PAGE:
Outdoor Classrooms

Outdoor Classrooms are part of the pre- and post-conference activities. They are optional extras. All outdoor classrooms are offered at an additional fee. We recommend you register early to ensure your spot as some have limited capacity. Included with Government registration; all others pay fee.

Monday, July 19, 2021

1 p.m.–4 p.m.   Outdoor Classroom 1. Phantom Mill, established 2021

Hosted by Restoration Systems
(approximately 60-minute drive from downtown)
Field trips are optional, pre-registration is required or if space available ($85 early fee). Included with Government registration; all others pay fee.

Join Restoration Systems on a tour of The Phantom Mill Stream and Wetland Site – a North Carolina Division of Mitigation Services (NCDMS) Full Delivery mitigation project that is slated for construction commencement early spring 2021 with completion of earthwork in mid- summer 2021.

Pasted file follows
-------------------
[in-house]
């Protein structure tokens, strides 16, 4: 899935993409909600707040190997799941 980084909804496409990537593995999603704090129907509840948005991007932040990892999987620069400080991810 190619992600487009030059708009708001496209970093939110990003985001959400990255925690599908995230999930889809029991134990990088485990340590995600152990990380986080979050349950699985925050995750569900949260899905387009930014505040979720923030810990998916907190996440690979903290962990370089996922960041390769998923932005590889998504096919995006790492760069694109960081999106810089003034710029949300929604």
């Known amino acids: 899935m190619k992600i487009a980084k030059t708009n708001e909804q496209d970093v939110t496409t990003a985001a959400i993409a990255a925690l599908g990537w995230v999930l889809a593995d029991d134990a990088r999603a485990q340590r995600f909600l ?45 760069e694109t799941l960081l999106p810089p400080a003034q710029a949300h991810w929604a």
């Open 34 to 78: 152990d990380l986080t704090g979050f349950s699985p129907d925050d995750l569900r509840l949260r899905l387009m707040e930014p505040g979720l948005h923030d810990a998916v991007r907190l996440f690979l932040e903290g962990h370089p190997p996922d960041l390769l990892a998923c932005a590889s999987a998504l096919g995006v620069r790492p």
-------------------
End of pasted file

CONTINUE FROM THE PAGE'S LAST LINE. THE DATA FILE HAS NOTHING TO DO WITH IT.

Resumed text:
The Site encompasses 16.1 acres of disturbed forest and 100+ year old livestock pasture along the start of the warm waters of Cane Creek and unnamed tributaries to Cane Creek. The creek and its adjacent wetlands were drained and straightened historically, leaving the creek as a straightened eroding ditch. In its current state, the Site includes 4404 linear feet of degraded stream channel, 1 acre of degraded wetland, and 4 acres of drained hydric soil. Proposed Site restoration activities include the construction of meandering, E/C-type stream channel resulting in 2984 linear feet of Priority I stream restoration, 335 linear feet of stream enhancement (Level I), 666 linear feet of stream enhancement (Level II), 669 linear feet of stream preservation, 3.727 acres of riparian wetland restoration, and 0.828 acre of riparian wetland enhancement.